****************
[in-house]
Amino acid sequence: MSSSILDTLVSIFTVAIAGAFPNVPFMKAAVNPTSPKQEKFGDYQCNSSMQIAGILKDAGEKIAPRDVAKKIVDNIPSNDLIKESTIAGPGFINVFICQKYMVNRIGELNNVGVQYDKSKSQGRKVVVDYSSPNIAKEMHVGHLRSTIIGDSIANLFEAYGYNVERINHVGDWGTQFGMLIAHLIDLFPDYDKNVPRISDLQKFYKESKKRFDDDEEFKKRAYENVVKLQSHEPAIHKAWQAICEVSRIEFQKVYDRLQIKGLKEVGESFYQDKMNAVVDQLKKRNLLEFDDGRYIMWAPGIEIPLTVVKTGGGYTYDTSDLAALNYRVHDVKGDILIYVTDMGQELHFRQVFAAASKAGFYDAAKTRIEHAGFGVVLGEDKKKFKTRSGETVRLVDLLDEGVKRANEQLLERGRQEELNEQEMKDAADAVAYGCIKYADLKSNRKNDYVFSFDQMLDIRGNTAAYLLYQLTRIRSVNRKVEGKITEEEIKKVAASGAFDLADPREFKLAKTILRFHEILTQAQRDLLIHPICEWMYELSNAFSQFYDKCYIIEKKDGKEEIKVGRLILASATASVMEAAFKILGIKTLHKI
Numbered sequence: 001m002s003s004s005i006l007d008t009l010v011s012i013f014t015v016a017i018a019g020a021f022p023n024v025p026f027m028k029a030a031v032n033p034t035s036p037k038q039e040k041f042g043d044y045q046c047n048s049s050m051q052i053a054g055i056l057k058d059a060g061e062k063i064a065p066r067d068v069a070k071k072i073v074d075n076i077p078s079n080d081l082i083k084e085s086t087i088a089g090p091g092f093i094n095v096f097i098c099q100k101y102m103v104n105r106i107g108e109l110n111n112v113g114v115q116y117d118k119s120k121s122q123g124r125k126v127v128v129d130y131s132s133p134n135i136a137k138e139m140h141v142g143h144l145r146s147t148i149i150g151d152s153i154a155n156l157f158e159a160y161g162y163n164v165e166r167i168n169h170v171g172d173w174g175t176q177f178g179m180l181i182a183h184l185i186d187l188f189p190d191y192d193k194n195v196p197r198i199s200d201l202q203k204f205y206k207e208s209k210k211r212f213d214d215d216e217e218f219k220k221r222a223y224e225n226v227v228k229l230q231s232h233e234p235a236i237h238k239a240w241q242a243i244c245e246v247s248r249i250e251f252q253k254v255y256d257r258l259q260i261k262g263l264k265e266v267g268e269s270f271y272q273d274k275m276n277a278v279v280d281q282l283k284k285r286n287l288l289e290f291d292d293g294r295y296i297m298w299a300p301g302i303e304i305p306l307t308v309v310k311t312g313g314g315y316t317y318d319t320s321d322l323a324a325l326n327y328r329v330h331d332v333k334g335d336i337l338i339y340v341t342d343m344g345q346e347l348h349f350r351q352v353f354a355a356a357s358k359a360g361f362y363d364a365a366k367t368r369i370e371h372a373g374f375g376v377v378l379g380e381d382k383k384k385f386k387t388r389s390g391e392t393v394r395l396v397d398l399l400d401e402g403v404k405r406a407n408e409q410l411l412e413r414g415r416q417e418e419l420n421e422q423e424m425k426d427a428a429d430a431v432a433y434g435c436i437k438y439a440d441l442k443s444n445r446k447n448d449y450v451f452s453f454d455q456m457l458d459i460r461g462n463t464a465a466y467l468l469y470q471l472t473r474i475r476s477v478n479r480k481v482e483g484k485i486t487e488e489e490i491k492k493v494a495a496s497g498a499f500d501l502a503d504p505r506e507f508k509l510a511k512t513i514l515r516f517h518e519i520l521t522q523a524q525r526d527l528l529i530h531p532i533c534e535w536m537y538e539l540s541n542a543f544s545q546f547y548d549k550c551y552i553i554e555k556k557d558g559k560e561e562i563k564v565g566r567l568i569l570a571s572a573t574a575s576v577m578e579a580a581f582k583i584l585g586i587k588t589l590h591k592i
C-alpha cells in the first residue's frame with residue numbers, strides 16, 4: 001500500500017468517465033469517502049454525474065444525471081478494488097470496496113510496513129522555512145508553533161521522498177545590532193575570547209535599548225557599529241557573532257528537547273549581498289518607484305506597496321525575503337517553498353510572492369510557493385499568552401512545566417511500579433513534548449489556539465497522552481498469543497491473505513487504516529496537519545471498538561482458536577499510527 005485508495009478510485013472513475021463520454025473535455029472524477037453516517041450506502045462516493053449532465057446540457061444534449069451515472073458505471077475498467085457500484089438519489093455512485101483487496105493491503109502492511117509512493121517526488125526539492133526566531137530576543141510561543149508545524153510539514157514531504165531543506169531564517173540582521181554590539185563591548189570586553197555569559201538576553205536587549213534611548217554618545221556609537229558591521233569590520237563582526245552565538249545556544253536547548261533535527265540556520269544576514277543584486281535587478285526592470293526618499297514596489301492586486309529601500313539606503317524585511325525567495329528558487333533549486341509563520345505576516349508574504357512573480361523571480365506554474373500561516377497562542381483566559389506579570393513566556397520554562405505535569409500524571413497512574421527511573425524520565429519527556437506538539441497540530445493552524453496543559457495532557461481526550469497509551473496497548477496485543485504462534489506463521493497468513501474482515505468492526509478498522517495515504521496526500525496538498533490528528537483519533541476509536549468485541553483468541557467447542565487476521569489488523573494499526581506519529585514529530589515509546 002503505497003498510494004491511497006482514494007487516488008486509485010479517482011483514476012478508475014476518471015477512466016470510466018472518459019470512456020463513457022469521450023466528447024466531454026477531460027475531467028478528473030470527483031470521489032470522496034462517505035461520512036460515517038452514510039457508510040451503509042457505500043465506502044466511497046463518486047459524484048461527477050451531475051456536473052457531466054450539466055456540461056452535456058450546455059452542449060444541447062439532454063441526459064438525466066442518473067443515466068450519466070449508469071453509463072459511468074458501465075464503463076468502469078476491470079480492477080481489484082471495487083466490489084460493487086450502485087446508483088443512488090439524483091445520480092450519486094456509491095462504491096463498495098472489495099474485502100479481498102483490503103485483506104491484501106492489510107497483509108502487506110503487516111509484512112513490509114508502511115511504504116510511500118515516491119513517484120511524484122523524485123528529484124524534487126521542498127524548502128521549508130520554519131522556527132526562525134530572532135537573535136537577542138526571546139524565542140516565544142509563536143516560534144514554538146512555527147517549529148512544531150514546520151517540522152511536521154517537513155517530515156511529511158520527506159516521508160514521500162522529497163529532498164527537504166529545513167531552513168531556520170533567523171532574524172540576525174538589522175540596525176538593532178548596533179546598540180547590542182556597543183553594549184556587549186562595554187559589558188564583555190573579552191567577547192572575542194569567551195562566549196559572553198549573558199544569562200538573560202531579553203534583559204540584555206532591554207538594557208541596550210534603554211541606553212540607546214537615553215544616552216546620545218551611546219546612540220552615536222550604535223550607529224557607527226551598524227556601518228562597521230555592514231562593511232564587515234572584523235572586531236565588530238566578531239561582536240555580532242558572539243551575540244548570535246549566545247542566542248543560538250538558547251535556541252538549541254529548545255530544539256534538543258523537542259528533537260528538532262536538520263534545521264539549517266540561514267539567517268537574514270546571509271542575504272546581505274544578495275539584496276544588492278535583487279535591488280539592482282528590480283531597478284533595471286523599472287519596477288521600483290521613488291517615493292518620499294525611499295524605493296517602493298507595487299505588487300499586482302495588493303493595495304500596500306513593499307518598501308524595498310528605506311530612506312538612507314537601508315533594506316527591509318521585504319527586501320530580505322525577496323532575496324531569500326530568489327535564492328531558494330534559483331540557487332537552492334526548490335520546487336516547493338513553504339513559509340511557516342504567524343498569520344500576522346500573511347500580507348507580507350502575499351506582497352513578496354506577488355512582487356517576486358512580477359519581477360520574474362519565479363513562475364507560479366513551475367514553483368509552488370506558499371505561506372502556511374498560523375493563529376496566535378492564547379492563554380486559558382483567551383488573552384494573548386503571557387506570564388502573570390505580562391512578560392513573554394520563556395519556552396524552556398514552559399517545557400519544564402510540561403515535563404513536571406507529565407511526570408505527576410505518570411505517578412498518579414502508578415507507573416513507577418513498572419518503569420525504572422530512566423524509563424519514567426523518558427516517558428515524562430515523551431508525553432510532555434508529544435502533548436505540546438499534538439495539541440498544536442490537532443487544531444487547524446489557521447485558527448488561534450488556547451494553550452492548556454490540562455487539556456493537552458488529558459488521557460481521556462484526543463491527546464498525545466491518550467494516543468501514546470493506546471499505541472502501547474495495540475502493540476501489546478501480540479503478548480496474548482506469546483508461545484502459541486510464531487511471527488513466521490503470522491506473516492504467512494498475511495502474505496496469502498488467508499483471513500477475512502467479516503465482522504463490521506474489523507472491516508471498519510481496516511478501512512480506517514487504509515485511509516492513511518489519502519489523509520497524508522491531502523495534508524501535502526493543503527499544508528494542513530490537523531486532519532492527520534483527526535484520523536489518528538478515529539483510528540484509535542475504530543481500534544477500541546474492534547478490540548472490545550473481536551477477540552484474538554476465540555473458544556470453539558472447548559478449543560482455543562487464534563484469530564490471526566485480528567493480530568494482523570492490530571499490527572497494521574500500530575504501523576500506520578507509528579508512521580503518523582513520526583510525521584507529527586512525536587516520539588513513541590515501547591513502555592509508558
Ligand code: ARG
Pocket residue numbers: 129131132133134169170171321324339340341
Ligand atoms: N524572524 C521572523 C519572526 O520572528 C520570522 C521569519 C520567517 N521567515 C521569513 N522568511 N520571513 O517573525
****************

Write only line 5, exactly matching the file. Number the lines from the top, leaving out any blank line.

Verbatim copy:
Ligand code: ARG